Mark David Truskie died suddenly at the young age of 46 from a combination and dosage level of prescription medications that caused toxicity and heart arrhythmia. His death could and should have been prevented had he received proper care and treatment.
Mark was a wonderful and caring person. He was friendly and outgoing. He loved family and friends. He was also very proud and he did not want anyone to know he was suffering from a mental illness - and few did. Many did not learn about his mental illness until after his death. Mark never complained about his illness or his treatments. He just accepted it, and moved on, graduating from college with an associate’s degree in business and a bachelor’s degree in organizational leadership.
For more information on Mark’s life, read the inspirational story of his life in Dr. Truskie’s article, “My Son’s Faith-Filled Journey with Mental Illness”, The Word Among Us, November 2015 edition.
The Truskie family has been devastated by this tragic loss and decided to create the Mark D. Truskie Foundation in hopes that others will not suffer that same fate as Mark.
Mark was a perfect patient. He never smoked, drank alcohol, nor took street drugs. He followed his health providers’ instructions, to the letter. And yet he suffered and died. Mark suffered a series of setbacks throughout his life because of miss-steps committed by his mental health providers. These miss-steps resulted in Mark suffering relapses and worsening conditions - and eventual death. These miss-steps should never have happened.
Here are critical miss-steps of Mark Truskie’s treatment history that contributed to the worsening of his mental and physical health conditions, and which eventually led to his untimely death:
Psychiatrist One- High school to college, bad advice
When Mark was finishing his senior year in high school, his parents noticed he was falling back in his grades, and losing interest in physical activities. They wrongfully thought he was just getting lazy. At the end of his senior year, they took him to be evaluated by a local psychiatrist. They were concerned about sending him to college in his condition. The psychiatrist said it would be OK. That was a huge mistake. The anxiety associated with starting college, and moving away from home worsened his condition to the point where he was much worse than when he left for college. Mark had to withdraw before finishing his first year.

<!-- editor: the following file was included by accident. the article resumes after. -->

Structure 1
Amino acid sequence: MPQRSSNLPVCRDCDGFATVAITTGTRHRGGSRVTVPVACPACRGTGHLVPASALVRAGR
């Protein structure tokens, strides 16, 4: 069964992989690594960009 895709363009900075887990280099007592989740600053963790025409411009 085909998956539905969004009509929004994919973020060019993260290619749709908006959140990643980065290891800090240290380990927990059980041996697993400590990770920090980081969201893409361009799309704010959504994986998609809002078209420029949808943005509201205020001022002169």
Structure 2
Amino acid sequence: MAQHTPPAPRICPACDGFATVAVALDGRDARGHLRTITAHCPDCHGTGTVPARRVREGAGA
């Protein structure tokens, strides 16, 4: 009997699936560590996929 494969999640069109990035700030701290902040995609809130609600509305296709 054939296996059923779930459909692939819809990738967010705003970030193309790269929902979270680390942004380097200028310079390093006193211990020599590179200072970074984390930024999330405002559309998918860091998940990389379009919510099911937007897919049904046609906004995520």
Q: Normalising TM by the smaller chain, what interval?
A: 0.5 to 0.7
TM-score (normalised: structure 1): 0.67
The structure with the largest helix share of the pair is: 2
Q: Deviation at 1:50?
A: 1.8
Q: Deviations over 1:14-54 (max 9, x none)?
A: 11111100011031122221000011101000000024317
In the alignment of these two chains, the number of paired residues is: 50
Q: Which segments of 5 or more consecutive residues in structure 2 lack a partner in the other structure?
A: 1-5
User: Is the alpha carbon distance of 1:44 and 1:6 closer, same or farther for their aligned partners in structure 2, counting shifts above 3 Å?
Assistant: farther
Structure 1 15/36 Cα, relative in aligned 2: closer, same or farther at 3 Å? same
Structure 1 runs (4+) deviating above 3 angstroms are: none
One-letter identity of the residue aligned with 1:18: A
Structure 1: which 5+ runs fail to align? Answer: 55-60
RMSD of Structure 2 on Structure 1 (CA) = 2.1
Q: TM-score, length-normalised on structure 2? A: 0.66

Psychiatrist Two – Two years after HS, misdiagnosis
Mark’s parents were referred to a psychiatrist who was supposedly well known for diagnosing and treating mental illness. This psychiatrist mistakenly diagnosed Mark was bipolar and prescribed Lithium. After a few weeks on Lithium, Marks’ conditioned worsened to the point where he had to be hospitalized for one week in a psychiatric hospital.
Psychiatrist Three – After being stabilized for 12 years, an ill-advised medication change
Finally, after many years on different medications, Mark was prescribed Clozapine (Cloziral). He responded well. All his positive and negative symptoms diminished dramatically. He was now able to attend college, work, and enjoy life. Unfortunately, one of the side effects of this medication is weight gain. Mark complained to his psychiatrist about it, and instead of referring him to a nutritional counselor, the psychiatrist changed medications that resulted in a serious relapse that was a major setback for Mark.
Psychiatrist Four – Lethal combination of prescription medications at high-dosage levels.
Mark was prescribed multiple medications at dangerously high dosage levels. The combination and dosage levels led to lethal toxicity and heart arrhythmia which caused his death. There were warning signs, including an FDA warning about one of the medications he was taking that advised against prescribing the drug over a certain dosage. The treating psychiatrist prescribed double the dosage, ignoring the warning signs and did not have Mark take an EKG which would have revealed his heart arrhythmia. Plus, the psychiatrist never warned Mark, nor his family of the threat of death by taking the medication at the dosage level prescribed.
Had the Truskie family known what they know today, Mark Truskie would be alive. They struggled through trial and error, learning the hard way the importance of proper care and treatment of mental illness in the following areas:
1. Proper Diagnosis
2. Prescription Medication Selection and Safety
3. Required Ongoing Health Care Exams and Tests
4. Periodic Reviews and Evaluations
5. Family Member Support
The Mark Truskie Foundation provides the latest information on the best practices in treating those with schizophrenia and bipolar disorders patients, and their family members will be informed and able to make decisions -- and take necessary actions to protect the health and safety of themselves, or loved ones. We know the anxiety and confusion that the family faces when a loved one is struck with mental illness. It is tough enough dealing with the problem, let alone doing research to make the right choices/decisions. Our aim is to relieve that burden and present clear and concise information that is critically important in dealing with mental illness.